Saturday, 27 December 2008

Those who forget the games of the past...

As I was clearing out my old room in my parents' house yesterday, I came across a historical artifact of unrivalled importance. That artifact was the 1994 WWII-flight-simulator Overlord.

At first I failed to recognise the significance of this find; I thought: oh, here's another piece-of-shit DOS game from BAT (Before the Age of Terror) 7 for me to dispose of post-haste. Then I opened the box. Inside it there were nine 3.5" floppy disks -- six labeled 'SVGA GRAPHICS' and three labeled 'PROGRAM DISK' -- a little technical booklet, and a 228-page spiral-bound manual.

The manual is chock-full of historical information: tactical briefings; photographs from the D-Day landings; and quotations from notable military men such as Lt. General Adolph Galland of the Luftwaffe, Air Marshal J.E. 'Johnnie' Johnson of the RAF, and Major Robert S. Johnson of the USAAF.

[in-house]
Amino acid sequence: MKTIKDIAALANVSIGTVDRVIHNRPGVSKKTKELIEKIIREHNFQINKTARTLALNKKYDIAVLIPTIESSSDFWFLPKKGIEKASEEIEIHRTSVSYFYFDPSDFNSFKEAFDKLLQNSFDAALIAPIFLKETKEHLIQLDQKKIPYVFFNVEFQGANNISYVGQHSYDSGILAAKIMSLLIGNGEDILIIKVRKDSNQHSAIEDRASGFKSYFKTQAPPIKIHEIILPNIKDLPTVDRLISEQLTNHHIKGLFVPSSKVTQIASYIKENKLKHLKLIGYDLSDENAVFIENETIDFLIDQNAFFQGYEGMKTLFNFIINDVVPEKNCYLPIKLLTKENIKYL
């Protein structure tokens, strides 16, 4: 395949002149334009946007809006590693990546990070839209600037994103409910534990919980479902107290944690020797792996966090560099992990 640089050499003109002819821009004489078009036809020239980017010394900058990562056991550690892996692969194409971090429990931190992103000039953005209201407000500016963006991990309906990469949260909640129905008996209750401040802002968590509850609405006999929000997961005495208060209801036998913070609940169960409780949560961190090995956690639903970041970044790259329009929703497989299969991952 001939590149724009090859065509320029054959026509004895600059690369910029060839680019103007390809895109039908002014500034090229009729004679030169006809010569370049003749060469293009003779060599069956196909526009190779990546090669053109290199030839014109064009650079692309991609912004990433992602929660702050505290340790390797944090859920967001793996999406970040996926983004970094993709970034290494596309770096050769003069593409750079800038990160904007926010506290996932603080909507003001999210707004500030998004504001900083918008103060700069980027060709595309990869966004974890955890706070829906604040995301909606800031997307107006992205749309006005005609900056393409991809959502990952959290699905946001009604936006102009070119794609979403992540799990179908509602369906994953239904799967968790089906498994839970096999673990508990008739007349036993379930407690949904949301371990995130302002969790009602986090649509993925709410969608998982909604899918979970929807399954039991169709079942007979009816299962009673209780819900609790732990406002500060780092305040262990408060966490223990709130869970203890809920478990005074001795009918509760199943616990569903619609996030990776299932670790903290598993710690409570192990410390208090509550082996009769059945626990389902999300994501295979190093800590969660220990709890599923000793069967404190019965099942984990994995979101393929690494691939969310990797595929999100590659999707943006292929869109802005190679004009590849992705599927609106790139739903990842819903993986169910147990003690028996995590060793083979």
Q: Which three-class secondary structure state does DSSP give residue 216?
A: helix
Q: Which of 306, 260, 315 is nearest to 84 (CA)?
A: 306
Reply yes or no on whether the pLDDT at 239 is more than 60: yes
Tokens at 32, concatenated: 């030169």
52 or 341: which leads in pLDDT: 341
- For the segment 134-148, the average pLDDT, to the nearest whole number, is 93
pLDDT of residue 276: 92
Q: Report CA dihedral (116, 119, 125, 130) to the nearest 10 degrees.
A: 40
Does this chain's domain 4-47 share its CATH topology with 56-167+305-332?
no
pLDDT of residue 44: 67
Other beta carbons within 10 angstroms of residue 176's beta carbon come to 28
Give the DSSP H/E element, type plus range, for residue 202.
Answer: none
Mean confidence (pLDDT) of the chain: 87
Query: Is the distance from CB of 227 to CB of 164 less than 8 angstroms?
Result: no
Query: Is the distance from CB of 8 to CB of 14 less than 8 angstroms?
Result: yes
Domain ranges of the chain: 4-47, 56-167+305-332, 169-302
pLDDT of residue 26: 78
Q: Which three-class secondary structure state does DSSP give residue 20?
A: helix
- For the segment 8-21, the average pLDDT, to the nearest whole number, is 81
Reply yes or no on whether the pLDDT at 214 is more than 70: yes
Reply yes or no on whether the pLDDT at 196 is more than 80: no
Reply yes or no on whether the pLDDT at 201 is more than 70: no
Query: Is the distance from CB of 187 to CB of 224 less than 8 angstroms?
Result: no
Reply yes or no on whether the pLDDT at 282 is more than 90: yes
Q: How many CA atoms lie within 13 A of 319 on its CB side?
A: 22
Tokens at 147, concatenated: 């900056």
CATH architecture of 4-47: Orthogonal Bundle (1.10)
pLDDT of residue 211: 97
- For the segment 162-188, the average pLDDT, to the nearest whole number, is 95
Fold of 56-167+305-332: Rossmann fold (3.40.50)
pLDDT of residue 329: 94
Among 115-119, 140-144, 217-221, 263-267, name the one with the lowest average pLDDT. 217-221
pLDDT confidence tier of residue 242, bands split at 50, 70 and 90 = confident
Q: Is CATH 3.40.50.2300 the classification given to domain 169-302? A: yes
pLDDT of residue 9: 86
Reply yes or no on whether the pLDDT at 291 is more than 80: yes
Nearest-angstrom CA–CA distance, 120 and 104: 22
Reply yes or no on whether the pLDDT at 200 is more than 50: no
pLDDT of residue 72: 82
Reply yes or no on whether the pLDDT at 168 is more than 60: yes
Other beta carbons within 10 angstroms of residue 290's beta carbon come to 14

Here's an excerpt from 'Overlord: The Campaign -- The Prelude'

The Allies, at the beginning of 1944, had a measure of numeric and technical superiority over the German forces. However, the upcoming 'invasion' of France required some sort of surprise as the whole operation could still end in catastrophe. Elaborate security precautions were thus taken and a comprehensive deception plan was worked out.

More work must have gone into this manual than went into the game itself. By way of comparison, the background for 2002's Medal of Honour: Allied Assault takes up one page.

Anyway, as I was saying, I'd intended to throw the game away -- no one's played it in over a decade, after all -- but now I'm concerned that I'd be committing an act of cultural vandalism; a bit like chucking out an original copy of Tacitus' Histories or the Domesday Book.

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